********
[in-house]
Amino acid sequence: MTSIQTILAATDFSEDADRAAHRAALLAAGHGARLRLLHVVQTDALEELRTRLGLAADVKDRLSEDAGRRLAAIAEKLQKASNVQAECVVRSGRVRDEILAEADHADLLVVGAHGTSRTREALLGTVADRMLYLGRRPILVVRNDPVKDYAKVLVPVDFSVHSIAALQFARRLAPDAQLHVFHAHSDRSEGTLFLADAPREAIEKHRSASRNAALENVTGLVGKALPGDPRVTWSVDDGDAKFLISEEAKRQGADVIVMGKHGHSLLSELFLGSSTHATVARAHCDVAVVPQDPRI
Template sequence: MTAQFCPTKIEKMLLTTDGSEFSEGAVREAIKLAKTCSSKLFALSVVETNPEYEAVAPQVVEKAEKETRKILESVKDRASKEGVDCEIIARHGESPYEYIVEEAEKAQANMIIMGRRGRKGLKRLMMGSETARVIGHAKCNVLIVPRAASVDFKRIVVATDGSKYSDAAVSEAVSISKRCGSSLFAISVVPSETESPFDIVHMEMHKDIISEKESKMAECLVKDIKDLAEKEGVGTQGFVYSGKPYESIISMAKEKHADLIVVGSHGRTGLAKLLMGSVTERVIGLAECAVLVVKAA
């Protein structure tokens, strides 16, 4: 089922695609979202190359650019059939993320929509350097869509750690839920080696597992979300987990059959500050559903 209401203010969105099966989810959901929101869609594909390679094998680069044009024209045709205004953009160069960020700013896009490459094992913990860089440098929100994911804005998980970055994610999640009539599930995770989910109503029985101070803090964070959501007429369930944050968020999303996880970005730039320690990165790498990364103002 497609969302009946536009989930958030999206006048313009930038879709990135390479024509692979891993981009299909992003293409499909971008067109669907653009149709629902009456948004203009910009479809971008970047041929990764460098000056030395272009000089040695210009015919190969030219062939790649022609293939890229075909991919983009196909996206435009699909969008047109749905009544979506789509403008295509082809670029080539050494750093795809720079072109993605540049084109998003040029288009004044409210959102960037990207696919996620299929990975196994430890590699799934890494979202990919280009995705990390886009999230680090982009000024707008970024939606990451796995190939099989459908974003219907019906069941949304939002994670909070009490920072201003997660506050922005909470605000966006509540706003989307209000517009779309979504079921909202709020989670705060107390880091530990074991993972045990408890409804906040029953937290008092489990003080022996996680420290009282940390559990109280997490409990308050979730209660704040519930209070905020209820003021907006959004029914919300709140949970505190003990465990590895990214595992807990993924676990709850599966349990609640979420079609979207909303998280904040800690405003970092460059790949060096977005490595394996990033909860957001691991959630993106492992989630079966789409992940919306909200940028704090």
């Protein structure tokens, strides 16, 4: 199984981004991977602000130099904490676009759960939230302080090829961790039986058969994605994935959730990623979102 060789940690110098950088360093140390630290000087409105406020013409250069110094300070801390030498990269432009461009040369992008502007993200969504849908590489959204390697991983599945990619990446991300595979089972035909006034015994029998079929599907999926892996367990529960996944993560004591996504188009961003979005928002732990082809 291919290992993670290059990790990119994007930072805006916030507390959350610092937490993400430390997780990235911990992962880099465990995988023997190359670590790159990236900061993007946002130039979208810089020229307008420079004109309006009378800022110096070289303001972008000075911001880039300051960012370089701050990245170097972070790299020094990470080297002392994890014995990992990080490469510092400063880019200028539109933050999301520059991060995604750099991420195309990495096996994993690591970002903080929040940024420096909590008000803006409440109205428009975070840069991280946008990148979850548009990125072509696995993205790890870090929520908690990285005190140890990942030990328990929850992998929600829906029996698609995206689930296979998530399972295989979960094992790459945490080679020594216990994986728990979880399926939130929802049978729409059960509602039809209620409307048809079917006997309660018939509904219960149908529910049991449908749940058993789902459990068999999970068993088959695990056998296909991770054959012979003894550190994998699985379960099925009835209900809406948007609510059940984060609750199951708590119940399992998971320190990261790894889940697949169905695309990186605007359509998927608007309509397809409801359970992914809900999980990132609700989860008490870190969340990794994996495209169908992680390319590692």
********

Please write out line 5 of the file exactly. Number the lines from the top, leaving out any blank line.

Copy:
């Protein structure tokens, strides 16, 4: 199984981004991977602000130099904490676009759960939230302080090829961790039986058969994605994935959730990623979102 060789940690110098950088360093140390630290000087409105406020013409250069110094300070801390030498990269432009461009040369992008502007993200969504849908590489959204390697991983599945990619990446991300595979089972035909006034015994029998079929599907999926892996367990529960996944993560004591996504188009961003979005928002732990082809 291919290992993670290059990790990119994007930072805006916030507390959350610092937490993400430390997780990235911990992962880099465990995988023997190359670590790159990236900061993007946002130039979208810089020229307008420079004109309006009378800022110096070289303001972008000075911001880039300051960012370089701050990245170097972070790299020094990470080297002392994890014995990992990080490469510092400063880019200028539109933050999301520059991060995604750099991420195309990495096996994993690591970002903080929040940024420096909590008000803006409440109205428009975070840069991280946008990148979850548009990125072509696995993205790890870090929520908690990285005190140890990942030990328990929850992998929600829906029996698609995206689930296979998530399972295989979960094992790459945490080679020594216990994986728990979880399926939130929802049978729409059960509602039809209620409307048809079917006997309660018939509904219960149908529910049991449908749940058993789902459990068999999970068993088959695990056998296909991770054959012979003894550190994998699985379960099925009835209900809406948007609510059940984060609750199951708590119940399992998971320190990261790894889940697949169905695309990186605007359509998927608007309509397809409801359970992914809900999980990132609700989860008490870190969340990794994996495209169908992680390319590692």